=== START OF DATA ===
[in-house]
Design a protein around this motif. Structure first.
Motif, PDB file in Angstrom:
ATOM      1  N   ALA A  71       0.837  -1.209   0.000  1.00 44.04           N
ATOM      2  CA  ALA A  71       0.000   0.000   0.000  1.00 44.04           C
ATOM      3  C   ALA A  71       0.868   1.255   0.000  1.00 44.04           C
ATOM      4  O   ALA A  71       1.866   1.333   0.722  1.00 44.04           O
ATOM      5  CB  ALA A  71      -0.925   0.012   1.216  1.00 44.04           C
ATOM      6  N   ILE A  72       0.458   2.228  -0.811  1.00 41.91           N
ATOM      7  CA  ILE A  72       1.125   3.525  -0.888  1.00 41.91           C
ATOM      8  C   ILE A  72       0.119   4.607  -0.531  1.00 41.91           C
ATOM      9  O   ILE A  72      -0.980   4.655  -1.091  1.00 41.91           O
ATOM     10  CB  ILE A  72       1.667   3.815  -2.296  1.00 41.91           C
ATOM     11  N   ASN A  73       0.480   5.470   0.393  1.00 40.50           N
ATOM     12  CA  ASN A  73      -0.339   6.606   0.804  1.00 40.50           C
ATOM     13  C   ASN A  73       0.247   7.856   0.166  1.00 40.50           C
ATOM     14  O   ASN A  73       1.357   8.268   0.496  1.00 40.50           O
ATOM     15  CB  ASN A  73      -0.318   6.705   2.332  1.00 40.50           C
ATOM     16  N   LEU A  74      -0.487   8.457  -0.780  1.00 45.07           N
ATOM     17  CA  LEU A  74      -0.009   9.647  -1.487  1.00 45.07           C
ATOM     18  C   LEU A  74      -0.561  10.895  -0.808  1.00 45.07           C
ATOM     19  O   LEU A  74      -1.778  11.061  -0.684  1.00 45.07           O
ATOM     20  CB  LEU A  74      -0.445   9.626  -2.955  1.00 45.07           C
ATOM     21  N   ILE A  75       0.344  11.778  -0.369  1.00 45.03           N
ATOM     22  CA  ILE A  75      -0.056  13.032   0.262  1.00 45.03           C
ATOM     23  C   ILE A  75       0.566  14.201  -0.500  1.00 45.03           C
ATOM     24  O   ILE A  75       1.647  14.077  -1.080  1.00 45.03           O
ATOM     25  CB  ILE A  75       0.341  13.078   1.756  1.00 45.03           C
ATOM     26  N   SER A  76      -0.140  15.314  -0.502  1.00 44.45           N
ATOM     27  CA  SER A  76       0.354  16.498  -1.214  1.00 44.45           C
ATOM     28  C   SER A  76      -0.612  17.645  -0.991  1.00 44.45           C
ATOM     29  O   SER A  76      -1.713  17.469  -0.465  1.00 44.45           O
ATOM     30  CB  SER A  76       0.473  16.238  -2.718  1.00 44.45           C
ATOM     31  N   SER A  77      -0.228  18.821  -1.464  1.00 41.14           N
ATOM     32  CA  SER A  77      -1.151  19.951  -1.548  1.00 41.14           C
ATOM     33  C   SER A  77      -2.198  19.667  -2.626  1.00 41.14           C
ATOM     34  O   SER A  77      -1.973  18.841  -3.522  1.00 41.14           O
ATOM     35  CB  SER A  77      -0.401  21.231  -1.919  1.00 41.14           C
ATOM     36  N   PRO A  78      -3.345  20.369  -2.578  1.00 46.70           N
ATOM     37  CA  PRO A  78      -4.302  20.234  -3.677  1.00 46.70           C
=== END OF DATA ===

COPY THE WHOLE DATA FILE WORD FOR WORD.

[in-house]
Design a protein around this motif. Structure first.
Motif, PDB file in Angstrom:
ATOM      1  N   ALA A  71       0.837  -1.209   0.000  1.00 44.04           N
ATOM      2  CA  ALA A  71       0.000   0.000   0.000  1.00 44.04           C
ATOM      3  C   ALA A  71       0.868   1.255   0.000  1.00 44.04           C
ATOM      4  O   ALA A  71       1.866   1.333   0.722  1.00 44.04           O
ATOM      5  CB  ALA A  71      -0.925   0.012   1.216  1.00 44.04           C
ATOM      6  N   ILE A  72       0.458   2.228  -0.811  1.00 41.91           N
ATOM      7  CA  ILE A  72       1.125   3.525  -0.888  1.00 41.91           C
ATOM      8  C   ILE A  72       0.119   4.607  -0.531  1.00 41.91           C
ATOM      9  O   ILE A  72      -0.980   4.655  -1.091  1.00 41.91           O
ATOM     10  CB  ILE A  72       1.667   3.815  -2.296  1.00 41.91           C
ATOM     11  N   ASN A  73       0.480   5.470   0.393  1.00 40.50           N
ATOM     12  CA  ASN A  73      -0.339   6.606   0.804  1.00 40.50           C
ATOM     13  C   ASN A  73       0.247   7.856   0.166  1.00 40.50           C
ATOM     14  O   ASN A  73       1.357   8.268   0.496  1.00 40.50           O
ATOM     15  CB  ASN A  73      -0.318   6.705   2.332  1.00 40.50           C
ATOM     16  N   LEU A  74      -0.487   8.457  -0.780  1.00 45.07           N
ATOM     17  CA  LEU A  74      -0.009   9.647  -1.487  1.00 45.07           C
ATOM     18  C   LEU A  74      -0.561  10.895  -0.808  1.00 45.07           C
ATOM     19  O   LEU A  74      -1.778  11.061  -0.684  1.00 45.07           O
ATOM     20  CB  LEU A  74      -0.445   9.626  -2.955  1.00 45.07           C
ATOM     21  N   ILE A  75       0.344  11.778  -0.369  1.00 45.03           N
ATOM     22  CA  ILE A  75      -0.056  13.032   0.262  1.00 45.03           C
ATOM     23  C   ILE A  75       0.566  14.201  -0.500  1.00 45.03           C
ATOM     24  O   ILE A  75       1.647  14.077  -1.080  1.00 45.03           O
ATOM     25  CB  ILE A  75       0.341  13.078   1.756  1.00 45.03           C
ATOM     26  N   SER A  76      -0.140  15.314  -0.502  1.00 44.45           N
ATOM     27  CA  SER A  76       0.354  16.498  -1.214  1.00 44.45           C
ATOM     28  C   SER A  76      -0.612  17.645  -0.991  1.00 44.45           C
ATOM     29  O   SER A  76      -1.713  17.469  -0.465  1.00 44.45           O
ATOM     30  CB  SER A  76       0.473  16.238  -2.718  1.00 44.45           C
ATOM     31  N   SER A  77      -0.228  18.821  -1.464  1.00 41.14           N
ATOM     32  CA  SER A  77      -1.151  19.951  -1.548  1.00 41.14           C
ATOM     33  C   SER A  77      -2.198  19.667  -2.626  1.00 41.14           C
ATOM     34  O   SER A  77      -1.973  18.841  -3.522  1.00 41.14           O
ATOM     35  CB  SER A  77      -0.401  21.231  -1.919  1.00 41.14           C
ATOM     36  N   PRO A  78      -3.345  20.369  -2.578  1.00 46.70           N
ATOM     37  CA  PRO A  78      -4.302  20.234  -3.677  1.00 46.70           C